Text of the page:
Advance Wars and Final Fantasy Tactics, the great turn-based strategy series from Nintendo and Square Enix, are set on grids, the latter getting so specific that it requires you to choose which way your unit will face at the end of fulfilling its round of orders. The pace of play in these games can be methodical, though accelerated if the game's battle animations are turned off (you want this... imagine having the option to either watch a chess knight joust against a chess pawn Every Time a pawn is getting killed or just seeing the knight knock the pawn piece off the board). Valkyria Chronicles, Sega's version of this, can play more slowly, due to much more graphical pomp and circumstance, though it hides some of the off-putting math by letting characters move across the map in any natural direction, instead of channeling them from grid square to grid square.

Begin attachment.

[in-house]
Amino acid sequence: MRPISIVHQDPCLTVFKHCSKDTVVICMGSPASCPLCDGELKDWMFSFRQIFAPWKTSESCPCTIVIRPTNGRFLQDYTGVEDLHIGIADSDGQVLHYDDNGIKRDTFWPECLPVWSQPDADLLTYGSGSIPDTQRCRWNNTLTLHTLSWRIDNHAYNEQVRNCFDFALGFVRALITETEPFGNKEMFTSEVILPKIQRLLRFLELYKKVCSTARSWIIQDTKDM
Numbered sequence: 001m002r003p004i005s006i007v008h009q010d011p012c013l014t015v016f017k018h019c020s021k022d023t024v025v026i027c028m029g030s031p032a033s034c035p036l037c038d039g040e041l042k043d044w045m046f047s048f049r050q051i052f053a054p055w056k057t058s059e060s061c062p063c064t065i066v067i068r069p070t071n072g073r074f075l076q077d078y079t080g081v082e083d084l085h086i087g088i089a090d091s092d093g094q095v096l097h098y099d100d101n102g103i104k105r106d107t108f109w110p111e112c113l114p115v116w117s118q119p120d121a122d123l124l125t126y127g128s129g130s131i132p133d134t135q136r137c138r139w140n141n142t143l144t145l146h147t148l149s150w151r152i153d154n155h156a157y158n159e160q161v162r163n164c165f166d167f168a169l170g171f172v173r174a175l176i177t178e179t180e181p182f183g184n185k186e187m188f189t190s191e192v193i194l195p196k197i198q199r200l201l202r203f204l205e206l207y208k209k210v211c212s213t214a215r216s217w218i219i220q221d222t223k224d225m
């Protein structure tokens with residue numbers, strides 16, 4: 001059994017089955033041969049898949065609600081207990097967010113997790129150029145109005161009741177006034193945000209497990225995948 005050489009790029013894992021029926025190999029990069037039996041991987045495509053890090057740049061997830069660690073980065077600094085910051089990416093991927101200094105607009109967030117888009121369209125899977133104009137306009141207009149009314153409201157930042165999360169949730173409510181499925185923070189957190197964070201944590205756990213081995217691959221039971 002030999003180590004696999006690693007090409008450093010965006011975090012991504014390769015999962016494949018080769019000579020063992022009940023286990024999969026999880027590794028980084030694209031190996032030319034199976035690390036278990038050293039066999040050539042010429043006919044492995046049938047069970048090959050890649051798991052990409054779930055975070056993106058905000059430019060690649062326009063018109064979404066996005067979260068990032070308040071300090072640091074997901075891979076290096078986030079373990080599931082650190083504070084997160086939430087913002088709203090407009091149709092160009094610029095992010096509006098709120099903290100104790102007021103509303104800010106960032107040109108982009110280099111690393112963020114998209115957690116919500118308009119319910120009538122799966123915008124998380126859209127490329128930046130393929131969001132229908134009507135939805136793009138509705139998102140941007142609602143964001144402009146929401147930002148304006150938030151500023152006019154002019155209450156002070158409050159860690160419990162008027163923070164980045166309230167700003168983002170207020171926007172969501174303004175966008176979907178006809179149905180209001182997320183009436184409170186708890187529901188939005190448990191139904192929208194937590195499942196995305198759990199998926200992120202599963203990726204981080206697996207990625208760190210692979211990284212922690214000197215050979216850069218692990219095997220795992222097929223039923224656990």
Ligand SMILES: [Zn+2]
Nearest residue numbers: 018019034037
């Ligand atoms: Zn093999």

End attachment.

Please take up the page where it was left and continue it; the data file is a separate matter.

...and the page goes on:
Skulls of the Shogun is a hybrid of the aforementioned games, moving with the gridless fluidity of a Valkyria Chronicles game and at the pace of an animations-off Advance Wars. For that achievement of subgenre excellence, it is welcome.
In the early levels of Skulls that I played, I commanded the Shogun and his men in his first few battles of the afterlife. He moves from map node to map node, facing several skirmishes in each mission. He fights, in these early levels, beside a couple of infantry samurai, a couple of archers and some cavalry. Befitting the genre, the units have different strengths and weaknesses. Each can move in any direction you send them, but the circle that defines the limit of where the cavalry can move in a single turn is the biggest. Those guys can chew up terrain. Those mounted fighters, however, are not the potent combatants that the infantry are. But they are better in close quarters fighting than the hopeless archers who are only a menace from afar. All of the units are weaker than the shogun, who grows in power the longer you wait to unleash him.